11. Issues: Guru felt that the Mashelkar committee should be terminated, and (in a follow-up post on brain drain) indicated that brain drain is not that bad after all; and, Jo dedicated a song to the victims of Nandigram.
  12. Interview: Ujj interviewed Vinod George Joseph, the author of Hitchhiker (shortly after his review of the book).

Hope you enjoyed reading mutiny and voicing your opinions on issues as much as we enjoyed our writing and hearing from you.

Hope to see you in these parts of the blogosphere soon, again!

I have always wondered why is it necessary to award corporal punishment to school kids? So far I haven’t found an answer. This particular incident once again got me thinking.

Ujjwala Andrews, a teacher in city’s Vinay High School, will serve one year of simple imprisonment for causing the grievous injury to Munir Patel 11 years ago.

Patel’s fault was that he was “troubling his teachers”.

After being hit on head with a wooden scale, the boy began to get seizures and was hospitalised for serious head injury.

This has taken 11 years out of Munir’s life and he had to drop out from school.

Patel, now 27, dropped out of school after the incident and works in a shop now.

He said Andrews deserved “stringent punishment”. “The beating I received at her hands has changed the course of my life. She has got away with a lighter sentence. You tell me how would you have felt if this happened with you?” he was quoted as saying by PTI.

Can you imagine someone’s life being changed in such a way? Munir’s example is one such case but there are so many cases where kids get affected in many different ways after receiving corporal punishments. Some have long lasting psychological impacts. Some just lose interest and some just drop out. Worst, some even commit suicide.

In India and many countries it is Okay to hit a school kids in order to discipline them. I think this needs to change. Corporal punishment should be banned in schools. There is really no need for it. It is heartening to see that some states have banned it. Delhi, Goa and TamilNadu are such states. Other states should follow suit. The teachers who lack the ability to teach, in my view, use such tactics to “discipline” children.

On the same lines I also think there is no need to hit a kid at home in order to discipline him.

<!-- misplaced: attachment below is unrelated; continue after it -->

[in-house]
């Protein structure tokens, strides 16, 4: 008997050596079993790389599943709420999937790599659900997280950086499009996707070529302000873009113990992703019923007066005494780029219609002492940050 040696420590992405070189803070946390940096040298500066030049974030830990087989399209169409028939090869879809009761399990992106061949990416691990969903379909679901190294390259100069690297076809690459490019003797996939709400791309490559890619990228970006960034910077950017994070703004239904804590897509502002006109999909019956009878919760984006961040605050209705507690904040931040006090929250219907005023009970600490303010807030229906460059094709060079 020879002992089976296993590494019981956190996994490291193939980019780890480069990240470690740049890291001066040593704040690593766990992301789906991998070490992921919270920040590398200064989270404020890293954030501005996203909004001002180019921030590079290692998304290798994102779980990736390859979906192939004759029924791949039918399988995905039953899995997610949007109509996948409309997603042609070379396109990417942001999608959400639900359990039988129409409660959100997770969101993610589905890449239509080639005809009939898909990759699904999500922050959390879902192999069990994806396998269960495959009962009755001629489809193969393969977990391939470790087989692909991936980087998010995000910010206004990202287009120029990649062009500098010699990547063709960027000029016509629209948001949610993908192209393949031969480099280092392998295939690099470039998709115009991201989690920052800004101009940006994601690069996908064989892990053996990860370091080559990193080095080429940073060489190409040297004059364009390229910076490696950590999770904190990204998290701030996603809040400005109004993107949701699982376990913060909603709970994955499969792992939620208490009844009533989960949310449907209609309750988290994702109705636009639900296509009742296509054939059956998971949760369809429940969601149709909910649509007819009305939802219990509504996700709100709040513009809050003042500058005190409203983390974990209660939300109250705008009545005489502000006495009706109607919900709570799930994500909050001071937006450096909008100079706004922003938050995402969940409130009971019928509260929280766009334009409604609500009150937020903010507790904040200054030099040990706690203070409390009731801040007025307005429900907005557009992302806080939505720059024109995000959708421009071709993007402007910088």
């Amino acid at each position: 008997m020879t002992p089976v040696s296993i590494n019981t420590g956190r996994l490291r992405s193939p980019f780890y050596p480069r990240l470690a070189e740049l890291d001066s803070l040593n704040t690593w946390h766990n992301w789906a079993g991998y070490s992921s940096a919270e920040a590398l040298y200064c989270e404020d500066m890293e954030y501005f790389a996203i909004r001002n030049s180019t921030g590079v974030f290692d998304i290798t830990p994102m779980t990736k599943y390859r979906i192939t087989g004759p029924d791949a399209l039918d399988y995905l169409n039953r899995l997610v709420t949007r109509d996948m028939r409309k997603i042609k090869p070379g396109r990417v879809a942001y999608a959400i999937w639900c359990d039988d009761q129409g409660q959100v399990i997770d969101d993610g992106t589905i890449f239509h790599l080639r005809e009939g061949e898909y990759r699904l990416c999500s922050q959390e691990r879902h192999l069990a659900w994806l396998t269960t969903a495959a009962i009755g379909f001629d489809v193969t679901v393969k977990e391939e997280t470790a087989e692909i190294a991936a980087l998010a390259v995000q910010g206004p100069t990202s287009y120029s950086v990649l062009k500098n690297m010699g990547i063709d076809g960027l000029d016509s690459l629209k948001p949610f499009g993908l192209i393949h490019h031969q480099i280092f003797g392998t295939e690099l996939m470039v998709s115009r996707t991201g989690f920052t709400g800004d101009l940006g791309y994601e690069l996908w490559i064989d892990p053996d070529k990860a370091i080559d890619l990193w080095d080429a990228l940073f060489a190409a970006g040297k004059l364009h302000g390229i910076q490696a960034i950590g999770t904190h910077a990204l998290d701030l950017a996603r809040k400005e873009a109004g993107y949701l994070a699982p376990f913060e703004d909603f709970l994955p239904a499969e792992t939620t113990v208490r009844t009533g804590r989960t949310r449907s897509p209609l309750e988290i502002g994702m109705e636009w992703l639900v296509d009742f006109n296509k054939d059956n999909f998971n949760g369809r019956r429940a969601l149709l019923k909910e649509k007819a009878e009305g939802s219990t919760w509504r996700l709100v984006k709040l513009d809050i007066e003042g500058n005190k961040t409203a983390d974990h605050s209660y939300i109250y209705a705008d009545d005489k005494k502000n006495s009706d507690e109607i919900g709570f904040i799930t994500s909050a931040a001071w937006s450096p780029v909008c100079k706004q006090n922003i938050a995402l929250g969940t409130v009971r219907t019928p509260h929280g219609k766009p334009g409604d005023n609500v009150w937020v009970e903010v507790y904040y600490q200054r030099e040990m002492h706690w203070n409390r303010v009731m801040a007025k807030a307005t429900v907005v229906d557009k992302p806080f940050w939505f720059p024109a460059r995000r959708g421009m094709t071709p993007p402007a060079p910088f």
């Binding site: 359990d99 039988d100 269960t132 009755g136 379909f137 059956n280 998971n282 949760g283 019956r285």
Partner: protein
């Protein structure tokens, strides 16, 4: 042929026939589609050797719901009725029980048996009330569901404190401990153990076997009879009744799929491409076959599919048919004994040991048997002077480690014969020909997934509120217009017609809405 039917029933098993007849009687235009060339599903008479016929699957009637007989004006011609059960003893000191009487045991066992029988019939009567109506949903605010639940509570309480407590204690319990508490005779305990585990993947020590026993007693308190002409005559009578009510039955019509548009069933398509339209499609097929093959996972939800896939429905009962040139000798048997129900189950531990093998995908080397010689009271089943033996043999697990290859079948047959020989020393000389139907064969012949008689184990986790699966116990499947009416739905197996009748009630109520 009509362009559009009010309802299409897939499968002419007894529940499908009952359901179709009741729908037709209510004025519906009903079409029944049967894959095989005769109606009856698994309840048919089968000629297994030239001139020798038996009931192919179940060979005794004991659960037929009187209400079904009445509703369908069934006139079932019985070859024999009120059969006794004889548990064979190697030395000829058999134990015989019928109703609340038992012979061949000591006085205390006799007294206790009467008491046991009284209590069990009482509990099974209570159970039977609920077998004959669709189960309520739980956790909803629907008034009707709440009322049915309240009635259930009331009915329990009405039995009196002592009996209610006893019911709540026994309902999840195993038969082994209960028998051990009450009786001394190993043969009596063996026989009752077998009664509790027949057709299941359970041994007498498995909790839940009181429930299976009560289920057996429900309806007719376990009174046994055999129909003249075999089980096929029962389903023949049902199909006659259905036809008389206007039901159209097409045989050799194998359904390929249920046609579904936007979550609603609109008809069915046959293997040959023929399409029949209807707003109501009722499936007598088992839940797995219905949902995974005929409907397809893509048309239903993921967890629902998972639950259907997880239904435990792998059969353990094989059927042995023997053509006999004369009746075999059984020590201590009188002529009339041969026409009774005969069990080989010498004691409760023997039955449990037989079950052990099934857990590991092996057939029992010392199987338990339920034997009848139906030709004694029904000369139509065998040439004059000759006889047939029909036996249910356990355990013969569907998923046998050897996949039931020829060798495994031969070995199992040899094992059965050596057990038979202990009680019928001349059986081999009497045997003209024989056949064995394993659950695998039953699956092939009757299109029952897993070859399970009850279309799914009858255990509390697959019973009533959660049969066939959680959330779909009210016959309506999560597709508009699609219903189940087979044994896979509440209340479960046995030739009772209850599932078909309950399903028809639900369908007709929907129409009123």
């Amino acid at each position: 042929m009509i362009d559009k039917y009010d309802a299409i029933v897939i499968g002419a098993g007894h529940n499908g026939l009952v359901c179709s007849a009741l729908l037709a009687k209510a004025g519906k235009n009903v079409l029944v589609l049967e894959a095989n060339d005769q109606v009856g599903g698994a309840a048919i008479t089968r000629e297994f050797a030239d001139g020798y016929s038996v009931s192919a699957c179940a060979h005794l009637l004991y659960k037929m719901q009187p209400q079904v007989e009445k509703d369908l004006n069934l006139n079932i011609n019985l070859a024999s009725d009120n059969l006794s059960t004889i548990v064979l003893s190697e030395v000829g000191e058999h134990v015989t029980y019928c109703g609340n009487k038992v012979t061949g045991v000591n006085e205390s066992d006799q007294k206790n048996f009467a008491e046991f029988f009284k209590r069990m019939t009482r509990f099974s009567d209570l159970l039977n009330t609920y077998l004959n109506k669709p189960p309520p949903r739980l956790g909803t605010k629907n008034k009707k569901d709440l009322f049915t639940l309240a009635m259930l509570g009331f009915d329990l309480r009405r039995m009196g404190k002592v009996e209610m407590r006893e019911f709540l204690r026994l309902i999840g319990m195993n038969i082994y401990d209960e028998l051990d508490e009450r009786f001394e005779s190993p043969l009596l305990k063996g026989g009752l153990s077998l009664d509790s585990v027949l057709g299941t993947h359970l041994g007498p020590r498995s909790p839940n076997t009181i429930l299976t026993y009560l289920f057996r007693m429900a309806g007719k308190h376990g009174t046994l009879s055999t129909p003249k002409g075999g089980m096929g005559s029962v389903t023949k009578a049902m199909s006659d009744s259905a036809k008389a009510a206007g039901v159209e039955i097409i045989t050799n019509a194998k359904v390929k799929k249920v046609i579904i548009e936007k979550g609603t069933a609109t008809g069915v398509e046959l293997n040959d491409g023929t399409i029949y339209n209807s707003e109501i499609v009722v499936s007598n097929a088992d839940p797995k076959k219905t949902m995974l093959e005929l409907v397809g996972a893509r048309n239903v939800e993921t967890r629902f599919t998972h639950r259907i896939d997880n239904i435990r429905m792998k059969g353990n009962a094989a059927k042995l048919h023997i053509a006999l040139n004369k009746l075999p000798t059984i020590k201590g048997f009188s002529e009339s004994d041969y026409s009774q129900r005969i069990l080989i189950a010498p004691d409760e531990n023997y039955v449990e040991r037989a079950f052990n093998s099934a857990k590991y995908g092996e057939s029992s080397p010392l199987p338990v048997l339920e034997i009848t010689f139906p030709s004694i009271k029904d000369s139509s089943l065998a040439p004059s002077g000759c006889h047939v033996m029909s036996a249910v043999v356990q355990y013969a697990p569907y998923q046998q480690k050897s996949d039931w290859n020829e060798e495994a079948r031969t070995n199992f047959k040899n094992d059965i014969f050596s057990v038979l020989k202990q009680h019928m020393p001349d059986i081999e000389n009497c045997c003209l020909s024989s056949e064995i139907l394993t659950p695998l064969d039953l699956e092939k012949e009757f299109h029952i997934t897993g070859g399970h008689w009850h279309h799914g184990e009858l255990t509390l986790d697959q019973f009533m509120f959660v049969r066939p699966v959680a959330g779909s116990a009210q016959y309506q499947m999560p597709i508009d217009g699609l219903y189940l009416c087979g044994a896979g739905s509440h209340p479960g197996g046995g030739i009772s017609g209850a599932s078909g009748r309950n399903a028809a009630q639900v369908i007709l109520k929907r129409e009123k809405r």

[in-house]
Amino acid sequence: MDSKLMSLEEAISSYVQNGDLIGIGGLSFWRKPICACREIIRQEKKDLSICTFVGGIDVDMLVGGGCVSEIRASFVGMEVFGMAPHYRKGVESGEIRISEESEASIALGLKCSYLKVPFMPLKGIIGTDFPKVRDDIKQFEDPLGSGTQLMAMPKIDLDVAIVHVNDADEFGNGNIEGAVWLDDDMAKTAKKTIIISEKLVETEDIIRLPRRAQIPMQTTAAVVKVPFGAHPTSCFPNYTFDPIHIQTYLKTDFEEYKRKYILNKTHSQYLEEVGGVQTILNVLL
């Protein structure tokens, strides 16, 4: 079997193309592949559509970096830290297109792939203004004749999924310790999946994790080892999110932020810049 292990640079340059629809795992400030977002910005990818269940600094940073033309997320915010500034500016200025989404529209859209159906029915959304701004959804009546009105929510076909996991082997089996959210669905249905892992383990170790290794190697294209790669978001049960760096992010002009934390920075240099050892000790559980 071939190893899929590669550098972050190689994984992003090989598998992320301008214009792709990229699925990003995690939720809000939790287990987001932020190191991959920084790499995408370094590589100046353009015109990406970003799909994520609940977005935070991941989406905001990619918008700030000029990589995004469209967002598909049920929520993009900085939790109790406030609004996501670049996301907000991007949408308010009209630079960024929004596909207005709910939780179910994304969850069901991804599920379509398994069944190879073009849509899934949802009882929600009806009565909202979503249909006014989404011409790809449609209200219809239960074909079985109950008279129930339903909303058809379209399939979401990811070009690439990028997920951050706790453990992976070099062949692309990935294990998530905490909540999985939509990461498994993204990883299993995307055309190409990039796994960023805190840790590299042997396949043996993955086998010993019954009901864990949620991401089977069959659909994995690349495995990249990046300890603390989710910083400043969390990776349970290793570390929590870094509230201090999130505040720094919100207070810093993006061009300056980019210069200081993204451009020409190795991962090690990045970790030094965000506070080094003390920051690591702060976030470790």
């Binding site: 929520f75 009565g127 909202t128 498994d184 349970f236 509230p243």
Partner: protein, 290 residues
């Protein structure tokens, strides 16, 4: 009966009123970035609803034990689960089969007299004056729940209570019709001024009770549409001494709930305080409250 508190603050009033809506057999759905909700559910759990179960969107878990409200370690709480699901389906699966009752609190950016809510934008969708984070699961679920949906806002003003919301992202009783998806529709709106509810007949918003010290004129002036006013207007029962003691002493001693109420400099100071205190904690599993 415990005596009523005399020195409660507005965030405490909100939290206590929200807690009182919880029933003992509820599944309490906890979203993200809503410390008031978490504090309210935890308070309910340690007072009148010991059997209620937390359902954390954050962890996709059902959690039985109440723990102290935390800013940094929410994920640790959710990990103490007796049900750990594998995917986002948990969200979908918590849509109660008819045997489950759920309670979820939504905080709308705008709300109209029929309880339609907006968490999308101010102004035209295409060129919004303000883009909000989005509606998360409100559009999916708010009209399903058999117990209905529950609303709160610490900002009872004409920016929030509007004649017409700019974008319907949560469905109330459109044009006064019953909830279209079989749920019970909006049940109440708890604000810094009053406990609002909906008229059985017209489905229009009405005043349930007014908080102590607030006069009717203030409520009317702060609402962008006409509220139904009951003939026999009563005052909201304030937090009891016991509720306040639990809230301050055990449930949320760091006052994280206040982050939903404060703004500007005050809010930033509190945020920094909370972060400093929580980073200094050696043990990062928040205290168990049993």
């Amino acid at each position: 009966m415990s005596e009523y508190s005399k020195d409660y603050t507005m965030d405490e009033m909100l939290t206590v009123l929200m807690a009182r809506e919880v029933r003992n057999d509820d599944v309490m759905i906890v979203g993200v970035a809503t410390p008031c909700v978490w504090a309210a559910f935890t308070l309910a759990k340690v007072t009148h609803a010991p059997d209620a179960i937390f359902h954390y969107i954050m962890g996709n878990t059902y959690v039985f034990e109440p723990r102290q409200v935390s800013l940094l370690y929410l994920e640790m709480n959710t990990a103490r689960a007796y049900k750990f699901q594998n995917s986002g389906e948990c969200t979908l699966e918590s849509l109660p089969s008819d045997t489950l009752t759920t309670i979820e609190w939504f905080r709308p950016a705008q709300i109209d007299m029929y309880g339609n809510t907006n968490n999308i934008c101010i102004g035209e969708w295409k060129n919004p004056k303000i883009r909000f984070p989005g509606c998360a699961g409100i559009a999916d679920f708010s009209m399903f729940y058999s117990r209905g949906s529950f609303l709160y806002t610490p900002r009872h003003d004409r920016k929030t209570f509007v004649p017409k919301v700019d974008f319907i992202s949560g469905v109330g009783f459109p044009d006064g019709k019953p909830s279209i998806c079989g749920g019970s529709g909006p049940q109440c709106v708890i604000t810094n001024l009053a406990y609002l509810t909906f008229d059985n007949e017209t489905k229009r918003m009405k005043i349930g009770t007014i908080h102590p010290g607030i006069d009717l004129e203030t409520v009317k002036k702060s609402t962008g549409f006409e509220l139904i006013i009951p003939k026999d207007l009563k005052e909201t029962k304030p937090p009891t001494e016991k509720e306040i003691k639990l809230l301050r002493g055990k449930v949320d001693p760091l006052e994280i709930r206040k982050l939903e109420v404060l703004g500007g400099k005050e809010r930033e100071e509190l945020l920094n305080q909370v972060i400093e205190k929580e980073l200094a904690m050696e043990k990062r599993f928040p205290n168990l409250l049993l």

cross posted here.

 

update: Another teacher gets sentenced. This one paraded the kid naked for taking a dip in the school tank. I hope more parents and kids file complaints against such teachers. The only sad thing is that such cases are taking 10 years to adjucate. Why?

According to wikipedia,

A brain drain or human capital flight is an emigration of trained and talented individuals (“human capital“) to other nations or jurisdictions, due to conflicts, lack of opportunity, or health hazards where they are living.

And, as is clear from this definition, brain drain is a word with a bad connotation. So, it is no wonder that we hear our politicians, statesmen and intellectuals often mourning brain drain.

For example, here is the President of India, Dr. Abdul Kalam on reversing brain drain:

President A P J Abdul Kalam today announced the government would encourage a ”reverse brain drain” to attract some of the brightest and talented children of India and ensure their return to their motherland.

Addressing a joint sitting of Parliament, he appealed to the overseas Indians to engage more actively in India’s development.

The latest issue of Nature brings some good news; in an editorial titled In praise of the “brain drain”,  there are some interesting observations:

There is a clear correlation between emigration and the state of the public health care system, but not the one you might expect. The higher the proportion of an African nation’s nurses and doctors who have moved abroad, the better shape its health care is likely to be in.

These observations are based on a report which is available here. So, the article concludes on a positive note, namely that emigration is a not a zero sum game — very encouraging news indeed!